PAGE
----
Commander
Join Date: Jul 2012
Posts: 308
# 16
04-24-2013, 12:17 PM
Quote:
Originally Posted by logicalspock View Post
Things that are in beautiful, bright hues in color composites look like grey or muted colors through a telescope.
But that's mainly due to how the human eye works. You have receptors that can distinguish between colors but those aren't sensitive enough to work in darkness. Which only leaves those receptors that still work in low-light environments. However, they can't detect different colors, which is why you'll only be able to see shades of grey. Essentially, humans are colorblind in darkness.
Career Officer
Join Date: Jun 2012
Posts: 867
# 17
04-24-2013, 12:36 PM
Quote:
Originally Posted by wanderintx View Post
Here is the Bad Astronomy video - http://blogs.discovermagazine.com/ba.../#.UXgeqsqGnWx

Mentions the Orion Nebula in the comments.
Interesting. He does not provide his calculations, but I suppose that is a challenge to others to do it themselves. Since I am not particularly interested in the subject, I will just defer to his authority. That being said, most of the nebulae depicted on Star Trek do not seem to be planetary nebulae, which have the telltale characteristic of being "rounded" or symmetric about a white-dwarf.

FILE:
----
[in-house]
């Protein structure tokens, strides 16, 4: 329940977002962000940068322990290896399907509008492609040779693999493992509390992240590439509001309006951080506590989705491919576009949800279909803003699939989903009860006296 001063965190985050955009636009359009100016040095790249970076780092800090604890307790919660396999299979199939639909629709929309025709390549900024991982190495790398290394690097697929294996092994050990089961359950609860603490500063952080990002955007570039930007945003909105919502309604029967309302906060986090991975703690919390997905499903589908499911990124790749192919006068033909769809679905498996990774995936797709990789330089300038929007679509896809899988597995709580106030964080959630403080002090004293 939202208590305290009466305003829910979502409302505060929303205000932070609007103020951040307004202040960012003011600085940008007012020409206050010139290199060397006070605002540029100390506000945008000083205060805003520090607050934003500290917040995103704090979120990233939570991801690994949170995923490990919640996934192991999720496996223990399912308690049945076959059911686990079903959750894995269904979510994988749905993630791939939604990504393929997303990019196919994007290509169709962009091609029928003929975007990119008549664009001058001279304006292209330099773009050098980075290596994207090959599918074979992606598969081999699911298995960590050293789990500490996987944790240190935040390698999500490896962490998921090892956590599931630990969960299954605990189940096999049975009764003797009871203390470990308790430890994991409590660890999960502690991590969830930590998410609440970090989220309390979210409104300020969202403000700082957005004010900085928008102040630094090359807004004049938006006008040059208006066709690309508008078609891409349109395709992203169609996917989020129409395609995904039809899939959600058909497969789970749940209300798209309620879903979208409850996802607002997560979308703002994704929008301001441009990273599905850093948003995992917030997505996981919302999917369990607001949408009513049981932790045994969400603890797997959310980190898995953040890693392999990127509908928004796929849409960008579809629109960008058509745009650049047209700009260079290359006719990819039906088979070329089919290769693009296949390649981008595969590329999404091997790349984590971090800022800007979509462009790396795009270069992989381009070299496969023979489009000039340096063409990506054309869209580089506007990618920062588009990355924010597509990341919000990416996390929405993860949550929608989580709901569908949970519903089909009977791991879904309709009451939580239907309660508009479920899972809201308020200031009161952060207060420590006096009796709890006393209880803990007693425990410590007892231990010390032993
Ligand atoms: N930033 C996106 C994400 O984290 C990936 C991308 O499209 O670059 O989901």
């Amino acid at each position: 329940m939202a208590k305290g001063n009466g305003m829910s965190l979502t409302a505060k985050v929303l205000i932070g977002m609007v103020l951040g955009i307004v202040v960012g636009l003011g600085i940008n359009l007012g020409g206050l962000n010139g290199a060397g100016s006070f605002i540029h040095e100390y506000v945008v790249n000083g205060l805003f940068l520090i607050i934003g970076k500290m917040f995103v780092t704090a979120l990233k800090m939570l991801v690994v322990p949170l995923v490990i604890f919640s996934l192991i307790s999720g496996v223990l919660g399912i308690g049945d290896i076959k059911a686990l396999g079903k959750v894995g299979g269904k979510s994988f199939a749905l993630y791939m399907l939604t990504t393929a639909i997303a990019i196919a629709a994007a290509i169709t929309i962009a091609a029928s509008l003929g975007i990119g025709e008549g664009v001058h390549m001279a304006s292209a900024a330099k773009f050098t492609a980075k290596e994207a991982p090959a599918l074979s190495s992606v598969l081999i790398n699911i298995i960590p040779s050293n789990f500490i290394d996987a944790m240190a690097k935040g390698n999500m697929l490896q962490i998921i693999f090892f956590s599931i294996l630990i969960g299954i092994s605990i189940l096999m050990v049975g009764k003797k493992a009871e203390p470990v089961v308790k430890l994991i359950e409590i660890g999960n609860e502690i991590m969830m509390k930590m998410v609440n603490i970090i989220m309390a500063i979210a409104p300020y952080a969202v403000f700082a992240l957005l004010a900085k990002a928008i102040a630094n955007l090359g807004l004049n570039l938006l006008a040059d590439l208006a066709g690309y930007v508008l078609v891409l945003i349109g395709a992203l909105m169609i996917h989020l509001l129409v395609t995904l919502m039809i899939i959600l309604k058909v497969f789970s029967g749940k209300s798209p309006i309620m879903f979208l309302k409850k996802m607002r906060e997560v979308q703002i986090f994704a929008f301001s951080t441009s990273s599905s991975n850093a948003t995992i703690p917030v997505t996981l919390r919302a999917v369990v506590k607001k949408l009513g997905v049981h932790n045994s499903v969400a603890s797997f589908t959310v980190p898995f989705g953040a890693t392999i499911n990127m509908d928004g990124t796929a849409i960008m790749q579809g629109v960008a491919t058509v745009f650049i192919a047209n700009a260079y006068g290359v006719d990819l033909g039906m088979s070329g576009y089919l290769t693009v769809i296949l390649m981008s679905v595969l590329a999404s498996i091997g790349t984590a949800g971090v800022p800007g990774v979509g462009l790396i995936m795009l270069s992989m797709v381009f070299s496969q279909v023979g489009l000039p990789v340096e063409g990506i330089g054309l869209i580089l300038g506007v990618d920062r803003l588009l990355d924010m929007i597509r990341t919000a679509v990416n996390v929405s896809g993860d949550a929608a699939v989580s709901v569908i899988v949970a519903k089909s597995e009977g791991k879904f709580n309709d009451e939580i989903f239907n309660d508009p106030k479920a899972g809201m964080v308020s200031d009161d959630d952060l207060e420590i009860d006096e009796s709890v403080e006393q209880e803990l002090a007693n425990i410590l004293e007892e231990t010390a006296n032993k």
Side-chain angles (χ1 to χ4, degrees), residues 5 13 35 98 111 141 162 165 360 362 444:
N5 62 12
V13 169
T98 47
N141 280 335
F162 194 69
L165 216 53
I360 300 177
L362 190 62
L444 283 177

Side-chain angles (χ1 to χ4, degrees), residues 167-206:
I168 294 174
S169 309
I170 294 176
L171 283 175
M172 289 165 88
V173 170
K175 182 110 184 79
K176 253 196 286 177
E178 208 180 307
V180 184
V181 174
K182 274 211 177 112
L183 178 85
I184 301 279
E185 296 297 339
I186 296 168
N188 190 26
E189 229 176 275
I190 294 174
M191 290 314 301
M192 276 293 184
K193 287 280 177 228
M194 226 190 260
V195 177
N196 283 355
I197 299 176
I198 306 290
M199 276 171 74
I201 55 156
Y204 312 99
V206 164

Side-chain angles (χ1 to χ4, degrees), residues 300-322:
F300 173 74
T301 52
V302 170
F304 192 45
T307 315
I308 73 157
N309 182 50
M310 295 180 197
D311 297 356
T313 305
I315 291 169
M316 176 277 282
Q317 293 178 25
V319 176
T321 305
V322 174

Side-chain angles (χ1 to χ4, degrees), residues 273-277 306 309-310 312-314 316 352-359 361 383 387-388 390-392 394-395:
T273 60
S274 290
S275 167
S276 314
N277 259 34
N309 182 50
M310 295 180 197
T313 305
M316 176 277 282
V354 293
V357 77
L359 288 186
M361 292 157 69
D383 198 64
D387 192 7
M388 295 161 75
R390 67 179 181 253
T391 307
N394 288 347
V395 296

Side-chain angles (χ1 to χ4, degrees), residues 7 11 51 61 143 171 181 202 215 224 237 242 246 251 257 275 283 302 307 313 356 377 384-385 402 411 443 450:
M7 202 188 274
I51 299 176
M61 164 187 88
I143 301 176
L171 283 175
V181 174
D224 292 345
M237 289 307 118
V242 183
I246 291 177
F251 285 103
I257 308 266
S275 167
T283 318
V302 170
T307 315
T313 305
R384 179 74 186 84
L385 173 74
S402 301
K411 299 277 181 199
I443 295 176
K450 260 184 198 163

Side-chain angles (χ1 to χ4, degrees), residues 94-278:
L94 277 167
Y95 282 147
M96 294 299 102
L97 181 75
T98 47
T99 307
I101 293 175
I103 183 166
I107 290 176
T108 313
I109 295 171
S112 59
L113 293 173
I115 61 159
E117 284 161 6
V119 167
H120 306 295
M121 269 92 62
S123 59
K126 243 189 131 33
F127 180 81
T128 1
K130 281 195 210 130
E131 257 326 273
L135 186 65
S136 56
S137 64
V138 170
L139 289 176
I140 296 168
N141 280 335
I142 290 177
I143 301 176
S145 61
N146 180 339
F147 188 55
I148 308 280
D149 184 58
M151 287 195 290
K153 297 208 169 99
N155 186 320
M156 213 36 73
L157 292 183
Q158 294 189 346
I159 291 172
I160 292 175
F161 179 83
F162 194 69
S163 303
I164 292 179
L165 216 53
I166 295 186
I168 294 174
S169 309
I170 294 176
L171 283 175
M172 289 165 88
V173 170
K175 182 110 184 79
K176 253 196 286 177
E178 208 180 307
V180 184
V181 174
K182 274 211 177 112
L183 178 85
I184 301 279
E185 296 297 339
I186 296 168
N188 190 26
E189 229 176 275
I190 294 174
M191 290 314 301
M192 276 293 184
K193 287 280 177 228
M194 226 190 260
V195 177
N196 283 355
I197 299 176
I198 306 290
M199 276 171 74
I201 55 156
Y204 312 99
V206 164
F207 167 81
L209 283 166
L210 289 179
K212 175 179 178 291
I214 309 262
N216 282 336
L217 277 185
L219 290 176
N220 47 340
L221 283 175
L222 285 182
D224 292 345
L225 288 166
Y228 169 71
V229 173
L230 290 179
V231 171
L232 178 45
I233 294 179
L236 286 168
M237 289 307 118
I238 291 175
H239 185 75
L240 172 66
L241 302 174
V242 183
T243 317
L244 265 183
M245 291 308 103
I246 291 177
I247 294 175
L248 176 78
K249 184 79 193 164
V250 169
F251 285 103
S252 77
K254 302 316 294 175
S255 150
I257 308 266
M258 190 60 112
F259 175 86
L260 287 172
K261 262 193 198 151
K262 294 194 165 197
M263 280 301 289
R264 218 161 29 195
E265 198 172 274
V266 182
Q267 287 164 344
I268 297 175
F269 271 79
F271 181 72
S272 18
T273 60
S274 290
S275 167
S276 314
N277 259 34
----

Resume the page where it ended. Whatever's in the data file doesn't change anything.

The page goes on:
Quote:
Originally Posted by mrspidey2 View Post
But that's mainly due to how the human eye works. You have receptors that can distinguish between colors but those aren't sensitive enough to work in darkness. Which only leaves those receptors that still work in low-light environments. However, they can't detect different colors, which is why you'll only be able to see shades of grey. Essentially, humans are colorblind in darkness.
That certainly may be part of it, but I am suspicious that an equal or larger part of it is due to the fact that planetary nebulae are rarely hot enough to emit a continuous spectrum.

The Orion nebulae, by contrast, is probably more continuous due to the greater magnitude of light coming from the nascent stars themselves, which means it is more energetic and more colorful.
Captain
Join Date: Jun 2012
Posts: 10,998
# 18